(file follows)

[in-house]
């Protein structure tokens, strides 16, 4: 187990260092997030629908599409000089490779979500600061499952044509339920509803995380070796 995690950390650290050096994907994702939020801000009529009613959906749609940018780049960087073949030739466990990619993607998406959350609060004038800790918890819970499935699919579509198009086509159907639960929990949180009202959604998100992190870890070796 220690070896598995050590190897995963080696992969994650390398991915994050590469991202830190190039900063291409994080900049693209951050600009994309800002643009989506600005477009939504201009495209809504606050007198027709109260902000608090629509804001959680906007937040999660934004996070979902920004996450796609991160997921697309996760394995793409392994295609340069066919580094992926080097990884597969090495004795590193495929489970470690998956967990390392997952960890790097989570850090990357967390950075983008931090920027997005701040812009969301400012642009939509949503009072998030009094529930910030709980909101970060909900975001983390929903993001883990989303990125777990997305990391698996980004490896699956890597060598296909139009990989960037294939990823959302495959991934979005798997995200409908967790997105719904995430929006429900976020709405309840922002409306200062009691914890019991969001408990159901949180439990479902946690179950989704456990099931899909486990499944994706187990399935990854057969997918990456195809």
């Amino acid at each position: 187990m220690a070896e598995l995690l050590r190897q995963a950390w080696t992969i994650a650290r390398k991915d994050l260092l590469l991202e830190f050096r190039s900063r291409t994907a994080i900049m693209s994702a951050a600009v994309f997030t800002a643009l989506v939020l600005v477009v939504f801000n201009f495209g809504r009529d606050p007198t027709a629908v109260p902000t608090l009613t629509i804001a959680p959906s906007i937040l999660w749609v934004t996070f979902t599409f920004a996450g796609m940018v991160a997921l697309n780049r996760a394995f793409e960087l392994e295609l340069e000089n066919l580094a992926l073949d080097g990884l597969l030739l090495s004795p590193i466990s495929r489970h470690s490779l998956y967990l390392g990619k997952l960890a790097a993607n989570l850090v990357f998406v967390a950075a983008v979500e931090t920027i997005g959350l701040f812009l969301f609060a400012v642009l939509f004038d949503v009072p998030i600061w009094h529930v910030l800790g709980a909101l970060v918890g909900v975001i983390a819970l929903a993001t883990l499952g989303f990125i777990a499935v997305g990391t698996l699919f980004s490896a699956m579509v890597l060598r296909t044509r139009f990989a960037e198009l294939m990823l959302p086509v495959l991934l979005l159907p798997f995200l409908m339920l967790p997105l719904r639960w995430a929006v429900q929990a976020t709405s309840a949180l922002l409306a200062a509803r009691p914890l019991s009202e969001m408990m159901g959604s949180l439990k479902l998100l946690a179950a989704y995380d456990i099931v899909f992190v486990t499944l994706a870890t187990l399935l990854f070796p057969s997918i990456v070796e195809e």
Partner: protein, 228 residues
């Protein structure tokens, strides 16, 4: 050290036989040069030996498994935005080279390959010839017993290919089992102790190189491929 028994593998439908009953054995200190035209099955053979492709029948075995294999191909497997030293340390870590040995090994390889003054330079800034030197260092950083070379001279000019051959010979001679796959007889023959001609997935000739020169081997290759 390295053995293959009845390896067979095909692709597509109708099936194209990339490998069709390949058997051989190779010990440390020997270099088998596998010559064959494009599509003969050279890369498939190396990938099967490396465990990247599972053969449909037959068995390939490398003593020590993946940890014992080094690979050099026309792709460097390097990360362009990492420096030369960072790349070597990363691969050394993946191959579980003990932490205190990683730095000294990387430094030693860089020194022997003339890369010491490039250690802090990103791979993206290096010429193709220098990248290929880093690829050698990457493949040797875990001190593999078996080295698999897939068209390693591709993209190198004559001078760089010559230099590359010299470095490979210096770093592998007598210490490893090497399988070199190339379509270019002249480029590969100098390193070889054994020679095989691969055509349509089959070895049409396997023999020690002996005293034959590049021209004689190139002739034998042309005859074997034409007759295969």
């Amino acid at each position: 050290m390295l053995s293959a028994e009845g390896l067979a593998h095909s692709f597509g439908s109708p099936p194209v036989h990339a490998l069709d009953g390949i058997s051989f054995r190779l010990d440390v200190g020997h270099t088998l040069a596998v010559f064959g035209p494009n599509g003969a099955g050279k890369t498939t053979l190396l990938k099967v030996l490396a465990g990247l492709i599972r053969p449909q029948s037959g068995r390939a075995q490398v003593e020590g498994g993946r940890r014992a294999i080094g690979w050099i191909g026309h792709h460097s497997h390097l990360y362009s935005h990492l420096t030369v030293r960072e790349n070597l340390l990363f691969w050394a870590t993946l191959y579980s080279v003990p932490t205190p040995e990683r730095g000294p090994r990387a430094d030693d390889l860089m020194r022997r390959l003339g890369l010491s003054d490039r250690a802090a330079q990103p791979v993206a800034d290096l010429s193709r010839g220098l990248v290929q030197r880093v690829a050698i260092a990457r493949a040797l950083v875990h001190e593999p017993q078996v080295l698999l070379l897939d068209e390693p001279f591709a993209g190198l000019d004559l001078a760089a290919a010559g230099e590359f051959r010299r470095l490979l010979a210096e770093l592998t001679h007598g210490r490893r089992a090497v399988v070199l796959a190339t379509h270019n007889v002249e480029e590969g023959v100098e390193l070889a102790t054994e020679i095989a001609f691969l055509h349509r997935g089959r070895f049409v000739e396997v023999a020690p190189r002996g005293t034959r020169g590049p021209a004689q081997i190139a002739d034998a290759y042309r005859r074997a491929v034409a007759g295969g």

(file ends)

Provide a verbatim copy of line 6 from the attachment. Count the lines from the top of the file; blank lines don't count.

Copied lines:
């Amino acid at each position: 050290m390295l053995s293959a028994e009845g390896l067979a593998h095909s692709f597509g439908s109708p099936p194209v036989h990339a490998l069709d009953g390949i058997s051989f054995r190779l010990d440390v200190g020997h270099t088998l040069a596998v010559f064959g035209p494009n599509g003969a099955g050279k890369t498939t053979l190396l990938k099967v030996l490396a465990g990247l492709i599972r053969p449909q029948s037959g068995r390939a075995q490398v003593e020590g498994g993946r940890r014992a294999i080094g690979w050099i191909g026309h792709h460097s497997h390097l990360y362009s935005h990492l420096t030369v030293r960072e790349n070597l340390l990363f691969w050394a870590t993946l191959y579980s080279v003990p932490t205190p040995e990683r730095g000294p090994r990387a430094d030693d390889l860089m020194r022997r390959l003339g890369l010491s003054d490039r250690a802090a330079q990103p791979v993206a800034d290096l010429s193709r010839g220098l990248v290929q030197r880093v690829a050698i260092a990457r493949a040797l950083v875990h001190e593999p017993q078996v080295l698999l070379l897939d068209e390693p001279f591709a993209g190198l000019d004559l001078a760089a290919a010559g230099e590359f051959r010299r470095l490979l010979a210096e770093l592998t001679h007598g210490r490893r089992a090497v399988v070199l796959a190339t379509h270019n007889v002249e480029e590969g023959v100098e390193l070889a102790t054994e020679i095989a001609f691969l055509h349509r997935g089959r070895f049409v000739e396997v023999a020690p190189r002996g005293t034959r020169g590049p021209a004689q081997i190139a002739d034998a290759y042309r005859r074997a491929v034409a007759g295969g």